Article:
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Researcher Portait: Ellen van Kleef

Ellen van KleefDr Ellen van Kleef is an associate professor at the Marketing and Consumer Behaviour group at Wageningen University. Ellen’s team wanted to understand whether claims, symbols or other package elements change the inferences consumers draw from a food or drink (e.g. ‘this must be really healthy’) and whether this influences their eating behaviour.

How did you get involved in the CLYMBOL project?

My colleagues Hans van Trijp and Erica van Herpen were involved in the project FLABEL, which was about nutrition labelling. CLYMBOL is the follow-up project dealing with health claims and symbols. I was involved in the development of the project proposal, as my expertise and research is in the field of how the environment influences consumers in what and how much they eat. Consumers are often not aware of how strongly they are influenced by all kinds of subtle cues in their environment. Claims and symbols on food packages are key examples of subtle cues that may or may not influence consumers, often not in ways as we hope or expect.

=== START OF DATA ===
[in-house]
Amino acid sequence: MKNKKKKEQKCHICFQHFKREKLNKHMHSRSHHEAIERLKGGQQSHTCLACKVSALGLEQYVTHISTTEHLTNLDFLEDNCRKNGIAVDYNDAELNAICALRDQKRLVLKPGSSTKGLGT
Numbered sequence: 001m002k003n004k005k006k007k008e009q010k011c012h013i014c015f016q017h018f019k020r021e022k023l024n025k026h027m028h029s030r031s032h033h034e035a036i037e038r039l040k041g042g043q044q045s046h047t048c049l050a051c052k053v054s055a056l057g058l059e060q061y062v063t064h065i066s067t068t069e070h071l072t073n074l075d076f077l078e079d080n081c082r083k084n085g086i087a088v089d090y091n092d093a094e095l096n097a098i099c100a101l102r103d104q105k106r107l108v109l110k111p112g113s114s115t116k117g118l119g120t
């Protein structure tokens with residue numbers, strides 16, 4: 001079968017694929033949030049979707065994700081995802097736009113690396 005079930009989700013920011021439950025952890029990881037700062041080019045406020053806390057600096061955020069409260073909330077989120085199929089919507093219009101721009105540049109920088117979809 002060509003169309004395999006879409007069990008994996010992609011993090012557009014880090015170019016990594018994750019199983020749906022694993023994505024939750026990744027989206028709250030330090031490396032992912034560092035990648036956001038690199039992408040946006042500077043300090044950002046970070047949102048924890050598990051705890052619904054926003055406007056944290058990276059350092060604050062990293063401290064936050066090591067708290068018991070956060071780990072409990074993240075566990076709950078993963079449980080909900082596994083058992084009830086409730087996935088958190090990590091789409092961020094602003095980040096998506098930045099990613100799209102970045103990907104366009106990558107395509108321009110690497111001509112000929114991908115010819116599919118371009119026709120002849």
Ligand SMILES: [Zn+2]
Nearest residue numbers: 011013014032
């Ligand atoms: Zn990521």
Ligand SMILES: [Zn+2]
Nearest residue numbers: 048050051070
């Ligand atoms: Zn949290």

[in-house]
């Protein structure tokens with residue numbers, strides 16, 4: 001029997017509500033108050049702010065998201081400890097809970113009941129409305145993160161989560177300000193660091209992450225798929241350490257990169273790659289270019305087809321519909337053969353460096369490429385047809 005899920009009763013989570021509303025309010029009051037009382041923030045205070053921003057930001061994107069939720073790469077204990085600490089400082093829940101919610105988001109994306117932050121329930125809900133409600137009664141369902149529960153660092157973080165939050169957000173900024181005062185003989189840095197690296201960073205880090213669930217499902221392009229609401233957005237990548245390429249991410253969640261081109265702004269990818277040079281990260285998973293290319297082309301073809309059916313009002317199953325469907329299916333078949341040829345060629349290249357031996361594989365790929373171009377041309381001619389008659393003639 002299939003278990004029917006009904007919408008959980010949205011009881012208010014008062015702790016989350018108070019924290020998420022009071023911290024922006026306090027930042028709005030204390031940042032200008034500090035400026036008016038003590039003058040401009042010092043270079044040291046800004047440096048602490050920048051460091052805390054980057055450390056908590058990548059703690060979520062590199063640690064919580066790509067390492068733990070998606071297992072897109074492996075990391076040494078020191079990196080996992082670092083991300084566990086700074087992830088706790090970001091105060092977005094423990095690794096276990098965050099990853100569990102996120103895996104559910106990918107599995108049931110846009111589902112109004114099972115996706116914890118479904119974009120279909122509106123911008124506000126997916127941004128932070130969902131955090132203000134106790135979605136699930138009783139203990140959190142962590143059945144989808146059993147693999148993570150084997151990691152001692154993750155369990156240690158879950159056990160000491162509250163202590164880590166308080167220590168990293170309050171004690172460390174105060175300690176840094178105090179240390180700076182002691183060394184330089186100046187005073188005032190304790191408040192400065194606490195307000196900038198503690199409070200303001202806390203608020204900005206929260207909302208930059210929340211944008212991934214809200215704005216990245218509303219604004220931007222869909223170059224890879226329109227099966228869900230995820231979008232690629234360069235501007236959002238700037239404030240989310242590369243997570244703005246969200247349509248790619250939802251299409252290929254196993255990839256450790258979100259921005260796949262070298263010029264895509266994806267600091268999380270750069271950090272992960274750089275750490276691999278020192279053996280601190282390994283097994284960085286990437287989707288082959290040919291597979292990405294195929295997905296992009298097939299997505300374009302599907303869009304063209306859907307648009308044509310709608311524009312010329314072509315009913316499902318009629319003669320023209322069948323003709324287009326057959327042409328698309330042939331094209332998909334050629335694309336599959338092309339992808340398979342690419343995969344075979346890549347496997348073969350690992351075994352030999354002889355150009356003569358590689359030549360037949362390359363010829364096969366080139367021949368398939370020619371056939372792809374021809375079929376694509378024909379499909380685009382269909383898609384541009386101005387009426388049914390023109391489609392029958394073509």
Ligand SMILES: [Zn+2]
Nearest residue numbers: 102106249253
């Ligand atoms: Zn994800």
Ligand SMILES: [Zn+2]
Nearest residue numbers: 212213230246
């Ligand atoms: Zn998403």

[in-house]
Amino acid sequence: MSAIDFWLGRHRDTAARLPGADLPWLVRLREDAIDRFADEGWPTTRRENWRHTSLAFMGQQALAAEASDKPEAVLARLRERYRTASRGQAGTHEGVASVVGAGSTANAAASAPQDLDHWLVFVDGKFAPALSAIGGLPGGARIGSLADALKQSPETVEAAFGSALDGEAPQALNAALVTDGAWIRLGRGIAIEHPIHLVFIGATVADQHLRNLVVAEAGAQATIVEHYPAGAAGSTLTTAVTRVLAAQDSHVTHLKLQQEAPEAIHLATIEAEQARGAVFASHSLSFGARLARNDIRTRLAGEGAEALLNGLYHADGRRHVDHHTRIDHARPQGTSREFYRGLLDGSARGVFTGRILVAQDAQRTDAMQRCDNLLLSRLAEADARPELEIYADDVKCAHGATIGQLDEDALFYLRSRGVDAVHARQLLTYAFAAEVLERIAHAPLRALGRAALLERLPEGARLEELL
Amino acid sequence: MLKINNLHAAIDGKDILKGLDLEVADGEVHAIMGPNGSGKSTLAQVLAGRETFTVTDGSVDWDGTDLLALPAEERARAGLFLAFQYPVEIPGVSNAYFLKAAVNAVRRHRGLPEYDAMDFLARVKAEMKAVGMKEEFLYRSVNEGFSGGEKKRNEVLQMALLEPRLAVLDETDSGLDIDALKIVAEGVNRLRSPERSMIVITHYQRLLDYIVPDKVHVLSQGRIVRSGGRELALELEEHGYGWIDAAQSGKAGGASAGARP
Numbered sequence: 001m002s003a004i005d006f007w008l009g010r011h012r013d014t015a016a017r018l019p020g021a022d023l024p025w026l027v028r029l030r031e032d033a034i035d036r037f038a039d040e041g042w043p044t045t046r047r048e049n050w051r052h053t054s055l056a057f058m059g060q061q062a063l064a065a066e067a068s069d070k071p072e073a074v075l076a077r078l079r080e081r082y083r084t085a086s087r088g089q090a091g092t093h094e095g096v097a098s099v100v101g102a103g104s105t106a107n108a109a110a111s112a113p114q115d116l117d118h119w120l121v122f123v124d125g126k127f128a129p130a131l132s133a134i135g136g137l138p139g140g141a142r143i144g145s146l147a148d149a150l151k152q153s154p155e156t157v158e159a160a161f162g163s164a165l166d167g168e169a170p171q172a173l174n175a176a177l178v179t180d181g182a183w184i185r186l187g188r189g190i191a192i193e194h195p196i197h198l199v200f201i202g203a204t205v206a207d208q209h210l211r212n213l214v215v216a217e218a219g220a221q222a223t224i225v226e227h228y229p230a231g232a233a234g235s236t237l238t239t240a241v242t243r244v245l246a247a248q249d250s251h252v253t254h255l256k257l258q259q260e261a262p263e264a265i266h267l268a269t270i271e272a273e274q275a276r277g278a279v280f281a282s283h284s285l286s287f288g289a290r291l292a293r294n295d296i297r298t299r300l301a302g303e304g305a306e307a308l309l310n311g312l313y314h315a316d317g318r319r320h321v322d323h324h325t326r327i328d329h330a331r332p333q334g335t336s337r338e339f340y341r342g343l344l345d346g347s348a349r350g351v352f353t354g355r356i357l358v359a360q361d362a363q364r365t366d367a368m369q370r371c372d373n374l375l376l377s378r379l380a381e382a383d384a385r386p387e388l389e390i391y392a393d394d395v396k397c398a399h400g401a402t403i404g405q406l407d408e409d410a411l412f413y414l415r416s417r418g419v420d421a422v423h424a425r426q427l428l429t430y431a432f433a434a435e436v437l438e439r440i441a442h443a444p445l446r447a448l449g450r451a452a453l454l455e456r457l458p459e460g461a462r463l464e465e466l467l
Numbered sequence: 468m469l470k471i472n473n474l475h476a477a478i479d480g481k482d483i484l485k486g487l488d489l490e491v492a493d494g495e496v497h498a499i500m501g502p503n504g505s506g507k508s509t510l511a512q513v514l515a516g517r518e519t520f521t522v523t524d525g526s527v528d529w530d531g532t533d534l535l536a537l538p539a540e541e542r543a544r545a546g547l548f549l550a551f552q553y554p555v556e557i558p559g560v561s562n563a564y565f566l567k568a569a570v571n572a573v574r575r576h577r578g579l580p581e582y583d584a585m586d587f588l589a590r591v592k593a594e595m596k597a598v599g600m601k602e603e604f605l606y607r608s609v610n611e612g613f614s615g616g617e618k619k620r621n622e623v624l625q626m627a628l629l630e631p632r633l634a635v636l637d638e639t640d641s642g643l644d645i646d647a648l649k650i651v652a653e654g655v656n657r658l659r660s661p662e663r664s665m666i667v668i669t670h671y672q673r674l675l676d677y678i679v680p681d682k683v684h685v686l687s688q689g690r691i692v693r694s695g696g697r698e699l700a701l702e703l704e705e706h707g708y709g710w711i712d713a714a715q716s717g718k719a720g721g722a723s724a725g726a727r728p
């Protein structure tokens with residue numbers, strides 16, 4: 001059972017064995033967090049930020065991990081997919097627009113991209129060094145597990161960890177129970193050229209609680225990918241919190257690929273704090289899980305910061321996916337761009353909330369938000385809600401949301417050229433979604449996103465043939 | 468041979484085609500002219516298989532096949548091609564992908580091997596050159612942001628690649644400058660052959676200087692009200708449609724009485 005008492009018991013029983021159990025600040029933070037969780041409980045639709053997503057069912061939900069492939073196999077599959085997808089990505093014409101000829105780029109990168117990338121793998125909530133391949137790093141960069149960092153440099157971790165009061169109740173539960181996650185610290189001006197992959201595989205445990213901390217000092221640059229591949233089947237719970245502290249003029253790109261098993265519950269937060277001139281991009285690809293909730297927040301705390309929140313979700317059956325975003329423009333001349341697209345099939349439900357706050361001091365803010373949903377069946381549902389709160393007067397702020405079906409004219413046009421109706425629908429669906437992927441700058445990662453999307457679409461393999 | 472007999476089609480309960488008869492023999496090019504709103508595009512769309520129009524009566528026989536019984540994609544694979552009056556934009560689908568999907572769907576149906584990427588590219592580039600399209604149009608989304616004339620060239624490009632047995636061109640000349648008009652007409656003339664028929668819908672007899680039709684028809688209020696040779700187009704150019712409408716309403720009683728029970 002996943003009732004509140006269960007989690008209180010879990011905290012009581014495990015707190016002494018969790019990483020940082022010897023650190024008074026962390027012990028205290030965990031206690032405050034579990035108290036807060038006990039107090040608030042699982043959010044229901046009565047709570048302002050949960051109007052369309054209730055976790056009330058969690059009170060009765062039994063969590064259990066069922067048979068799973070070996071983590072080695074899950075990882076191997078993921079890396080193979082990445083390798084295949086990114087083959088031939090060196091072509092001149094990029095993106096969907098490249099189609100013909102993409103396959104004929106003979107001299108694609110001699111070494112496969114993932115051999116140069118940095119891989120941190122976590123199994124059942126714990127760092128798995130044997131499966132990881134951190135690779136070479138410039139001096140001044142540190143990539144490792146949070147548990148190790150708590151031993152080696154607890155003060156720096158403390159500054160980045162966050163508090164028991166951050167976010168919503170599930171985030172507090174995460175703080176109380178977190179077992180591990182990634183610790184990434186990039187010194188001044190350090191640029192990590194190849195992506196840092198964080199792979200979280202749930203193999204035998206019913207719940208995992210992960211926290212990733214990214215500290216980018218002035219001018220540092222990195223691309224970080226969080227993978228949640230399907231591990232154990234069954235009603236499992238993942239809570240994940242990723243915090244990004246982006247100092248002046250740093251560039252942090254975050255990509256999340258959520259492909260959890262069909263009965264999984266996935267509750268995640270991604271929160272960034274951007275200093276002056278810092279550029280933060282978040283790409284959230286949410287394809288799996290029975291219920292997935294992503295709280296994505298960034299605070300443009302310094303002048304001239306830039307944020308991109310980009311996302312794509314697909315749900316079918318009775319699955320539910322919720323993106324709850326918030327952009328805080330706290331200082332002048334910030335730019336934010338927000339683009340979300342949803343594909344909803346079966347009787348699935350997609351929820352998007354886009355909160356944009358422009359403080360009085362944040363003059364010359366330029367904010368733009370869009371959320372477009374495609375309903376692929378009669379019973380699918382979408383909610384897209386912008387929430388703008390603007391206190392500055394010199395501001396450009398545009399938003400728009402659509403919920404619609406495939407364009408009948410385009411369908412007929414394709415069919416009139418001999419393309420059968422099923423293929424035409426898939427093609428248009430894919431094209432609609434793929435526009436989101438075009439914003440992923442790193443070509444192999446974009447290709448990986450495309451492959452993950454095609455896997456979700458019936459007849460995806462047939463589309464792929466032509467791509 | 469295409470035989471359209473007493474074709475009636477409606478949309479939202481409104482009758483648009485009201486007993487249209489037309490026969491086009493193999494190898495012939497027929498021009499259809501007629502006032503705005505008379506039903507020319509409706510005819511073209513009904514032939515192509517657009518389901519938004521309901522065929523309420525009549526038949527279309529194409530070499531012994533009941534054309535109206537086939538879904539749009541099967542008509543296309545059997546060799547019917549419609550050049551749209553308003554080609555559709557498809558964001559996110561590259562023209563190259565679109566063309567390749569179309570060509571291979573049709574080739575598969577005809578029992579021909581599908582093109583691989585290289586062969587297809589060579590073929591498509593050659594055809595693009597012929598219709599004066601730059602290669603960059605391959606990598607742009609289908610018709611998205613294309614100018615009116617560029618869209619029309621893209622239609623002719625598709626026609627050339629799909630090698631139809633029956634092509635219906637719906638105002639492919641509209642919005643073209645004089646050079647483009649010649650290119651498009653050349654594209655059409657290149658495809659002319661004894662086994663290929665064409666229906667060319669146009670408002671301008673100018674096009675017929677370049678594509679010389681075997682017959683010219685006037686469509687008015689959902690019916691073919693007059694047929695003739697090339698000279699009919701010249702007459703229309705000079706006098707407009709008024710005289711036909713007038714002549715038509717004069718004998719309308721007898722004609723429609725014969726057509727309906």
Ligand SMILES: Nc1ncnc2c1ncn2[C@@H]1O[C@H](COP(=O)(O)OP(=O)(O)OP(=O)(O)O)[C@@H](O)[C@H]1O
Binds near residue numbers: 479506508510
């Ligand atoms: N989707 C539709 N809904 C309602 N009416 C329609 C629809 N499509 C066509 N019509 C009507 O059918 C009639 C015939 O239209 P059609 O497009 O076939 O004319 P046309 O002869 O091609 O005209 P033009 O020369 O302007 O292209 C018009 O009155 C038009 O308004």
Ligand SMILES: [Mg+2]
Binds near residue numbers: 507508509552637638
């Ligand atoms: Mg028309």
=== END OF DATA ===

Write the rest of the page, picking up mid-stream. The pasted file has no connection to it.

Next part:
What do you do for the project?

I was responsible for the consumption studies in work area 4 [featured in the third newsletter]. In our part of the project, we aimed to understand whether claims, symbols or other package elements such as pictures and colours change the inferences consumers draw from a food or drink (e.g. ‘this must be really healthy’) and whether this reduces unhealthy consumption or sometimes even increases consumption when consumers feel licensed to eat more.

 

What is the outcome of your research?

We showed that claims and logos often change the way consumers look at products, although we did not show that these changes make them eat more or less. For example, we did not find evidence that a front-of-pack health symbol is licensing consumers to eat more or make unhealthy choices. We also showed that some other package elements such as a picture are implicit health claims for consumers.

 

What impact do you hope your research will have?

Health claims and symbols on food labels are aids to help consumers identify foods that are healthier options. With our research, I hope that policy makers can better identify effective and scalable interventions to halt the rise in nutrition-related diseases such as obesity. Small changes in the environment can have a big impact on population health. We need to know which interventions are effective and which ones are not.


About the person

Dr Ellen van Kleef is an associate professor at the Marketing and Consumer Behaviour group at Wageningen University.  She researches healthy food consumption and self-control. Her focus lies on the role of subtle cues in the environment that cause people to overindulge and on how changes in the environment (smart interventions such as nudging) can assist in self-control. She has published her research in international journals such as Journal of Health Psychology, Food Quality and Preference, Appetite, Psychology and Health and Public Health Nutrition.